Re: Question to candidates: what about next ODF?

On Mon, 2007-12-03 at 01:11 -0500, Richard Stallman wrote:
> I don't recall that any candidate explicily rejected supporting the
> free software movement by means other than improving the
> attractiveness and success of GNOME.  But several candidates answered
> in a way that seemed to pointedly imply a rejection of any such form
> of support for the community.  They listed various ways of helping the
> free software movement, all through making GNOME more attractive and
> successful.  To me, it seems to imply that they reject the idea that a
> project such as GNOME ought to try to help the movement other than
> through maximizing the project's own success as software.
> I'm glad to know that isn't how you see the matter.

I see what you mean now.  I have been thinking about this very same
issue recently.  Looks like GNOME Foundation is by definition limited in
what it can do, because unlike foundations like FSF or EFF, it was
solely created to handle GNOME Projects needs.  It's part of the
definition that it should avoid making controversial decisions that are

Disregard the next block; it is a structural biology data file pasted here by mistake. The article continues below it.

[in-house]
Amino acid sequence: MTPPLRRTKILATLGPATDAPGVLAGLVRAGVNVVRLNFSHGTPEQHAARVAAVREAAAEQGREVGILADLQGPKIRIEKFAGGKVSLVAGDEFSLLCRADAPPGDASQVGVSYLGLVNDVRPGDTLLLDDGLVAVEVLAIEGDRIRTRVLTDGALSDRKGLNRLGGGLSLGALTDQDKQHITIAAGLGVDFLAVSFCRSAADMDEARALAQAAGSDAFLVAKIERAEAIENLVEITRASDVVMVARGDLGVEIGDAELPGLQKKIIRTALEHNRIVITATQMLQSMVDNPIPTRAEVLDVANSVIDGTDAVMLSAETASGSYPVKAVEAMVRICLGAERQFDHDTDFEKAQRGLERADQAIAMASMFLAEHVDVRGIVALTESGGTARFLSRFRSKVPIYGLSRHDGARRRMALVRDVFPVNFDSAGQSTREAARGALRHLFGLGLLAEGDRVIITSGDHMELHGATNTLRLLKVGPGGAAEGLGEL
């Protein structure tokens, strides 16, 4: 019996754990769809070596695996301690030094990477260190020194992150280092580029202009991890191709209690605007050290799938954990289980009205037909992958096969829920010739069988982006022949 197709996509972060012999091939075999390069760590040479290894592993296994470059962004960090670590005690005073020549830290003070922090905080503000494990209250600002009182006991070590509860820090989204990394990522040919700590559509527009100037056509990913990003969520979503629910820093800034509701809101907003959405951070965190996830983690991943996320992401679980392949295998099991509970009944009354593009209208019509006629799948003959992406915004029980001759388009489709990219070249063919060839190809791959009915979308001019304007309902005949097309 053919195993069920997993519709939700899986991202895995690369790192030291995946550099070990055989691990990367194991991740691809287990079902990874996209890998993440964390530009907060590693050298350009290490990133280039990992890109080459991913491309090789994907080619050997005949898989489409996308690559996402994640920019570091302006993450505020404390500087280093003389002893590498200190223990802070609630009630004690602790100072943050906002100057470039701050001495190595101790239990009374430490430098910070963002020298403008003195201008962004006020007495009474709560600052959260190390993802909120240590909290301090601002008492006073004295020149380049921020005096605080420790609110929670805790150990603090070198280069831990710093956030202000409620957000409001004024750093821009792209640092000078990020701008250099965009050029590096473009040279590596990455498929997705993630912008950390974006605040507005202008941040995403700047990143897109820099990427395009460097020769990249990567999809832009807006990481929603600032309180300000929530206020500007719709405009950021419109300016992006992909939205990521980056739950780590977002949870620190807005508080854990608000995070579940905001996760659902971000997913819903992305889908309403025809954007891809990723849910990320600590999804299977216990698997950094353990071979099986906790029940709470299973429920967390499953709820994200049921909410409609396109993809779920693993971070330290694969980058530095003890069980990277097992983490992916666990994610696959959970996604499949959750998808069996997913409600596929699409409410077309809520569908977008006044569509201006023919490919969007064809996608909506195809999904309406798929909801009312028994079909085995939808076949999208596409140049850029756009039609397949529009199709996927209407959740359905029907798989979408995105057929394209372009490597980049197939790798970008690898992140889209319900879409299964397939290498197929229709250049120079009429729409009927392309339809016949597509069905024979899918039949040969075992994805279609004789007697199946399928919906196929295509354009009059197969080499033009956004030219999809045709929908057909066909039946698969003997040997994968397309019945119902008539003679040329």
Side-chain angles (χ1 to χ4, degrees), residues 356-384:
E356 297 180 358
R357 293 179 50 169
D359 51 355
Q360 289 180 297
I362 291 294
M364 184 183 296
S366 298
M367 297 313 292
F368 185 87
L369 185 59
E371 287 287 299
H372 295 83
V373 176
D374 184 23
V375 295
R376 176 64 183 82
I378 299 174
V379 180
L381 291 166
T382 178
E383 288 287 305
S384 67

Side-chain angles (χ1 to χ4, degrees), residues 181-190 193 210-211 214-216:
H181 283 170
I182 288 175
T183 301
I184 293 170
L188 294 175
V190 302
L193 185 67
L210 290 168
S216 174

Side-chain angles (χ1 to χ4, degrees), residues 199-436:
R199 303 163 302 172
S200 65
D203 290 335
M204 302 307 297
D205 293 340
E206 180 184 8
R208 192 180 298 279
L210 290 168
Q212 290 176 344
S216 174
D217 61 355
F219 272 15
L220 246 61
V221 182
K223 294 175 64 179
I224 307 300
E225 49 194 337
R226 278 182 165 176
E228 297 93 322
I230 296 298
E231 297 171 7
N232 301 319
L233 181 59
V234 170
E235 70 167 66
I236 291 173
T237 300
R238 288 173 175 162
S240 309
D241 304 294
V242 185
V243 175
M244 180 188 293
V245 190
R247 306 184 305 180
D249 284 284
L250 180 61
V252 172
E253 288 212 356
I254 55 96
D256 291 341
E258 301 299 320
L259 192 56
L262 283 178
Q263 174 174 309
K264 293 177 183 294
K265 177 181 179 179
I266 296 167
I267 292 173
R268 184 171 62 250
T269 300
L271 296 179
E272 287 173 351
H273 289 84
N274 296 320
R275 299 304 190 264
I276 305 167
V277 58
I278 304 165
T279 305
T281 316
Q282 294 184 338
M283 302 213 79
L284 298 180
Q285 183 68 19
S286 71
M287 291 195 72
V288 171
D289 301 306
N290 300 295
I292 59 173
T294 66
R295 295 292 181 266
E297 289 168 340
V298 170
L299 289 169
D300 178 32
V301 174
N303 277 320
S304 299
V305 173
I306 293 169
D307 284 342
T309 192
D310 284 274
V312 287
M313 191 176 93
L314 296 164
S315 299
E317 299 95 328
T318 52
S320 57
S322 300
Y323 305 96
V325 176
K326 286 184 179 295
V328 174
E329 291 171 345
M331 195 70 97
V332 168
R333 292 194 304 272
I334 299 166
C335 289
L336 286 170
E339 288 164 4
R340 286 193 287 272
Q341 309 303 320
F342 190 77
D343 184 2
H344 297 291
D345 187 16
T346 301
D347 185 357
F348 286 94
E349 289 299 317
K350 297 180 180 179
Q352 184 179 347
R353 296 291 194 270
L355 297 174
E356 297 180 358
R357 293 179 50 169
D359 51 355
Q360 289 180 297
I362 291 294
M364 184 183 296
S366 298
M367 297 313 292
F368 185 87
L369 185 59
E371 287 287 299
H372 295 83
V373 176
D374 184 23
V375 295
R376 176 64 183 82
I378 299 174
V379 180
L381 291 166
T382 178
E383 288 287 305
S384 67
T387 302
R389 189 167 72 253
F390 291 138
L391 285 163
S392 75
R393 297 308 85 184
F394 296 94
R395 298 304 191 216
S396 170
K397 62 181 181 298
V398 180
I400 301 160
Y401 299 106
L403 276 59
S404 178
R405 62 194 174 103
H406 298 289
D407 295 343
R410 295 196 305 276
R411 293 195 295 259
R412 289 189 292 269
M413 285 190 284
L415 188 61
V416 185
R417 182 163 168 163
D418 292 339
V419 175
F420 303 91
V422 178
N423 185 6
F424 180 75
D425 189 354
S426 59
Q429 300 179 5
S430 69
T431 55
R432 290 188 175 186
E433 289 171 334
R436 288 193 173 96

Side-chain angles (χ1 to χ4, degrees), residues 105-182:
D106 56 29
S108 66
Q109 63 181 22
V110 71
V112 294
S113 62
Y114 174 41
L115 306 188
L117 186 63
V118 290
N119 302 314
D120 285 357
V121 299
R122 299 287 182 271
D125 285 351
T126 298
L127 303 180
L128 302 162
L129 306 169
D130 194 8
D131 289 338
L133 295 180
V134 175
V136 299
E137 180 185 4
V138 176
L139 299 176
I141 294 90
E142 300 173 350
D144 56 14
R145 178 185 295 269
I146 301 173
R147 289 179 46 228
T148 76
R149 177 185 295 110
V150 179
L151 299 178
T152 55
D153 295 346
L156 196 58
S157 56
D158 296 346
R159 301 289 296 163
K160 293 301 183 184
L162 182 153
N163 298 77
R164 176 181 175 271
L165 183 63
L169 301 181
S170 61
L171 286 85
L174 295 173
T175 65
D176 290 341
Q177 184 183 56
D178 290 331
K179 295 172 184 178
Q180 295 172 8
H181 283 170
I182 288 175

not backed by the community, and recent examples show that the community
at large can't really agree on anything but what compiler to use...

Examples of foundations that have not limited themselves so strictly and
have grown to shine are the Apache and Python Software Foundations.  By
limiting ourselves to routine tasks, we have essentially limited the
potential income of the foundation to such low levels that we have
problems hiring a decent Business Development or Executive Director, and
that means it's now up to the board members (plus our part-time
administrator) to do all the mundane tasks that can be done much better
by a professional.  Of course, it looks like we have too much money at
our hands, but just because we don't spend anything.  Hire two people
and we are as poor as you can imagine.

To summarize, while I'm a huge advocate of "board just does the mud work
for others", I have started feeling that GNOME Foundation as a whole is
limiting itself too much, risking to become irrelevant in a few years.
We can't change that overnight, but we can start thinking about it.

Richard, I also like to see you show up in the GNOME Advisory Board
meetings and mailing list as FSF's representative.  Many of your points,
comments, and criticism on this list is exactly what the adboard is for,
and FSF is already a member.



...very few phenomena can pull someone out of Deep Hack Mode, with two
noted exceptions: being struck by lightning, or worse, your *computer*
being struck by lightning.  -- Matt Welsh

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